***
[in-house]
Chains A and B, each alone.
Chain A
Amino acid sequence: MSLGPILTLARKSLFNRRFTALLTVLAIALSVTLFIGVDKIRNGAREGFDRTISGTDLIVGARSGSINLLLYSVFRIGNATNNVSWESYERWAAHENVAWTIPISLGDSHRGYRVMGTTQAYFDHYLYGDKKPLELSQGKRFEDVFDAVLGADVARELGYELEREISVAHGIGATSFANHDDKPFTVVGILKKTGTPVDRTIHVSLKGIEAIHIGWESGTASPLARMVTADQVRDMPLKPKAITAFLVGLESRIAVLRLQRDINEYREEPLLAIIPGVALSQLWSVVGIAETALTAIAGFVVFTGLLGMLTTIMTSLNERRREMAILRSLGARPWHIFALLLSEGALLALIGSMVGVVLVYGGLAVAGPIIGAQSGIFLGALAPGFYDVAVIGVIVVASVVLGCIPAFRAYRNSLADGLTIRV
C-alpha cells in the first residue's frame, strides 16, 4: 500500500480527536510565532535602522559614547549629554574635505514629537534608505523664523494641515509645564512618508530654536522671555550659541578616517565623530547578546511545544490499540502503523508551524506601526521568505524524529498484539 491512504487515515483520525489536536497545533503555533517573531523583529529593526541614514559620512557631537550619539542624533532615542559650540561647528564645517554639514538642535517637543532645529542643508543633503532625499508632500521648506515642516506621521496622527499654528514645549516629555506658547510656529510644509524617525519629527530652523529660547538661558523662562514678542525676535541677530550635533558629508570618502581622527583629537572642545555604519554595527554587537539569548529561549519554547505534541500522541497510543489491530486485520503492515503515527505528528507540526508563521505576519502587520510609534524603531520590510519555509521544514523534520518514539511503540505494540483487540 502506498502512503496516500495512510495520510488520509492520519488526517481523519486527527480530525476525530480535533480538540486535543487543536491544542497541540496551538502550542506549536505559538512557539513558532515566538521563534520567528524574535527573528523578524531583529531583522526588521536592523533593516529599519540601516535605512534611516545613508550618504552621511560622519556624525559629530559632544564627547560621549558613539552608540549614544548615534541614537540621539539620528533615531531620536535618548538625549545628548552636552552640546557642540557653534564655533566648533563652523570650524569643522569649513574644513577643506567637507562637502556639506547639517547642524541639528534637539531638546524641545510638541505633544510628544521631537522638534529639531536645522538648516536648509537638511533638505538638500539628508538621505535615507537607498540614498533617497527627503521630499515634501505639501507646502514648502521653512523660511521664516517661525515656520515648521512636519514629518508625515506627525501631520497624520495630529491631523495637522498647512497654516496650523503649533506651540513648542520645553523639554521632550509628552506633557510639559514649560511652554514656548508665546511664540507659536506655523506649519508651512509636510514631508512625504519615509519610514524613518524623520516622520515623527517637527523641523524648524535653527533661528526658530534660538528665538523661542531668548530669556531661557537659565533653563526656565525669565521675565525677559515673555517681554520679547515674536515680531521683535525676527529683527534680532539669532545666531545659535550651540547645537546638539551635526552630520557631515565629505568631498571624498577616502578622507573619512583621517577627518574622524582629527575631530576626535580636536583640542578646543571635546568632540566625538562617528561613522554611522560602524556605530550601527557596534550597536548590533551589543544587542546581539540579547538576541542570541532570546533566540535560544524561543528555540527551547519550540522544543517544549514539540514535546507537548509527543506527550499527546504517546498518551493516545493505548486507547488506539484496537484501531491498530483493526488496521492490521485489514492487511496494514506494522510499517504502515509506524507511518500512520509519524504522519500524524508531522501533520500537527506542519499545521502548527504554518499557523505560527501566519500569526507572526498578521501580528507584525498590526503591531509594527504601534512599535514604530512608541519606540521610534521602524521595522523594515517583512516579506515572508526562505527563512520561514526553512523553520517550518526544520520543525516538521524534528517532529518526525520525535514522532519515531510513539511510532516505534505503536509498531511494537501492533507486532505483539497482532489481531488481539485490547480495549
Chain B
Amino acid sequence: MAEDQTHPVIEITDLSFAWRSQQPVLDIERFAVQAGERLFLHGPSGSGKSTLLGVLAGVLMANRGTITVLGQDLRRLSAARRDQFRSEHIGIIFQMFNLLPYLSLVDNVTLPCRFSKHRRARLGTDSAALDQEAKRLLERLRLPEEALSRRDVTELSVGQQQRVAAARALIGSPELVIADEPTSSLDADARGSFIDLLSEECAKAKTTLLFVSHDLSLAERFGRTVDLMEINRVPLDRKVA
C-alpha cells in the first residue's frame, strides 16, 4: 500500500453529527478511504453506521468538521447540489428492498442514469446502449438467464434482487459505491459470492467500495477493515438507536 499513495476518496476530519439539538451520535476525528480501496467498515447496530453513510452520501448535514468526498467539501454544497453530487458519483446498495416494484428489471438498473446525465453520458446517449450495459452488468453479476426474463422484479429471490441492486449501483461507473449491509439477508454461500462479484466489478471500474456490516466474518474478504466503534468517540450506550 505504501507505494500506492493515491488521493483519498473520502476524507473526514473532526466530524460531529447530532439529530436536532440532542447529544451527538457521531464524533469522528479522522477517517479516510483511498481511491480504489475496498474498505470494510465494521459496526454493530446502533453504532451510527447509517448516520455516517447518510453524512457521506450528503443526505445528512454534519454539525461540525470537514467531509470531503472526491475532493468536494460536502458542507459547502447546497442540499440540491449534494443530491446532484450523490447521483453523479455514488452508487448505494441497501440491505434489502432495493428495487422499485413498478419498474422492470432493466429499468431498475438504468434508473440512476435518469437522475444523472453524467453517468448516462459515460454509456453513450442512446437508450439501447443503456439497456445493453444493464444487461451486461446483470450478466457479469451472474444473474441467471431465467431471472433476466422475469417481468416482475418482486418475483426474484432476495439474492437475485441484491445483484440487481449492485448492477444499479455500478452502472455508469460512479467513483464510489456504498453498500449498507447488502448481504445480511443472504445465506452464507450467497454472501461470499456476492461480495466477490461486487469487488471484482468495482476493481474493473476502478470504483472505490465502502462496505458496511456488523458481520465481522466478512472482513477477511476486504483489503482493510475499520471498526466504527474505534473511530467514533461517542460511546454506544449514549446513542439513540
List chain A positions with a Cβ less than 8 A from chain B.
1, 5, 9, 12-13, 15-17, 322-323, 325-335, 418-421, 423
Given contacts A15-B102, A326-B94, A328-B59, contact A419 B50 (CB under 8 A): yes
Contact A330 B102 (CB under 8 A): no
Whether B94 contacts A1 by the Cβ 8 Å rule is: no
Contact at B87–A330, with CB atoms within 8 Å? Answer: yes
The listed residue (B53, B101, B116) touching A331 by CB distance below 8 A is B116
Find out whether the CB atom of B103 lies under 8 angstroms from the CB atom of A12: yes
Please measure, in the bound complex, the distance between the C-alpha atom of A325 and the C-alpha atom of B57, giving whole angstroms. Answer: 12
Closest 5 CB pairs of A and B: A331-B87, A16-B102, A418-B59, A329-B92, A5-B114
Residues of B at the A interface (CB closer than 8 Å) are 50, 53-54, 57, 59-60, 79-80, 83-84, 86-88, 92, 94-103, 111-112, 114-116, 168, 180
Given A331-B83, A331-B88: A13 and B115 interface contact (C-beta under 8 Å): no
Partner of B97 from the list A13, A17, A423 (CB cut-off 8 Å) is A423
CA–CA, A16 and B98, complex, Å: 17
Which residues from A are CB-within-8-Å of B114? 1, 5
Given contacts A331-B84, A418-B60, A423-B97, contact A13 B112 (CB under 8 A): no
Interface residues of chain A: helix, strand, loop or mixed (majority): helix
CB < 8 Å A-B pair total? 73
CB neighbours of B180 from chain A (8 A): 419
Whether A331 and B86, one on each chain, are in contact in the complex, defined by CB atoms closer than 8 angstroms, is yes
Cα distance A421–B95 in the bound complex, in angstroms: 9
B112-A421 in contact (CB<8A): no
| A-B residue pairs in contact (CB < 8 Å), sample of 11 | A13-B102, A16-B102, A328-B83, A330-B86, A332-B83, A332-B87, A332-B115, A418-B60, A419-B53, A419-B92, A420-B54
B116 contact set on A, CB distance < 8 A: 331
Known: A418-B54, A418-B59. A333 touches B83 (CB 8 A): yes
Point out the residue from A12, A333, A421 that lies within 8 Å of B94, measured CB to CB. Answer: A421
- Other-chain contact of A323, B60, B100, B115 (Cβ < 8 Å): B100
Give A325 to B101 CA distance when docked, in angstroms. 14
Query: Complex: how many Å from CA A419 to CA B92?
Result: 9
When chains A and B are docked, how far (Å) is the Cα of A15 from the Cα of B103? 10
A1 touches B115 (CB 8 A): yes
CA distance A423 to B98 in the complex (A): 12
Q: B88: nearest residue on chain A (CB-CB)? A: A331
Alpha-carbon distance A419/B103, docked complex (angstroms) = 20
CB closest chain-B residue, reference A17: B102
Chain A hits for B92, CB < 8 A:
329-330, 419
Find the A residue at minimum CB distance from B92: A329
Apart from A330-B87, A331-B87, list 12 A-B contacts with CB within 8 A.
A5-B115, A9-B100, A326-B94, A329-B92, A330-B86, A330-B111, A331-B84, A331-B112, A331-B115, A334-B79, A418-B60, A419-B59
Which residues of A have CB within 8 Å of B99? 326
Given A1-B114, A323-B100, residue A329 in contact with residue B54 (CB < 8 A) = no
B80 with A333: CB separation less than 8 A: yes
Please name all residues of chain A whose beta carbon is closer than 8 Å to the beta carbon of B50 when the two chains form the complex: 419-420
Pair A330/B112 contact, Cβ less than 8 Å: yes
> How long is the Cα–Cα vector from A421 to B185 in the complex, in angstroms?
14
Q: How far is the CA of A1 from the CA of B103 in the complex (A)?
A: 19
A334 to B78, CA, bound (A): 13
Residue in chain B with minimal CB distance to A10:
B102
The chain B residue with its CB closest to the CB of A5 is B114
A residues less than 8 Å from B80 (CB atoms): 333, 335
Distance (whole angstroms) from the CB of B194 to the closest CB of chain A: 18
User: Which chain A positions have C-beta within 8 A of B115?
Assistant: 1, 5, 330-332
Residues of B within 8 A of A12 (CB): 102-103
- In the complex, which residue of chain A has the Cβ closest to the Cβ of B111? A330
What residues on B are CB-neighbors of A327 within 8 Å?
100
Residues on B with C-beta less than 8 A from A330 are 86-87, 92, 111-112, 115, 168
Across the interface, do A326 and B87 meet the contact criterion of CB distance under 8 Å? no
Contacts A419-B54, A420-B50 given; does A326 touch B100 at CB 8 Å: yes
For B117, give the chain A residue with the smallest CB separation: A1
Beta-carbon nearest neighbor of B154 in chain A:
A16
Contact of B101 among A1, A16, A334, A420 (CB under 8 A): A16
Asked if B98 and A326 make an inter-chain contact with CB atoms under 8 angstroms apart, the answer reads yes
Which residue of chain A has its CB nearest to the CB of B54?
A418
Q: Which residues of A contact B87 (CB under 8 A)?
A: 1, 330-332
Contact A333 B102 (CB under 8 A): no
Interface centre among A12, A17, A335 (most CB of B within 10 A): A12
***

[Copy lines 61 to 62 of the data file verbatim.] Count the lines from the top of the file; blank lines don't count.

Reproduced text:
B102
The chain B residue with its CB closest to the CB of A5 is B114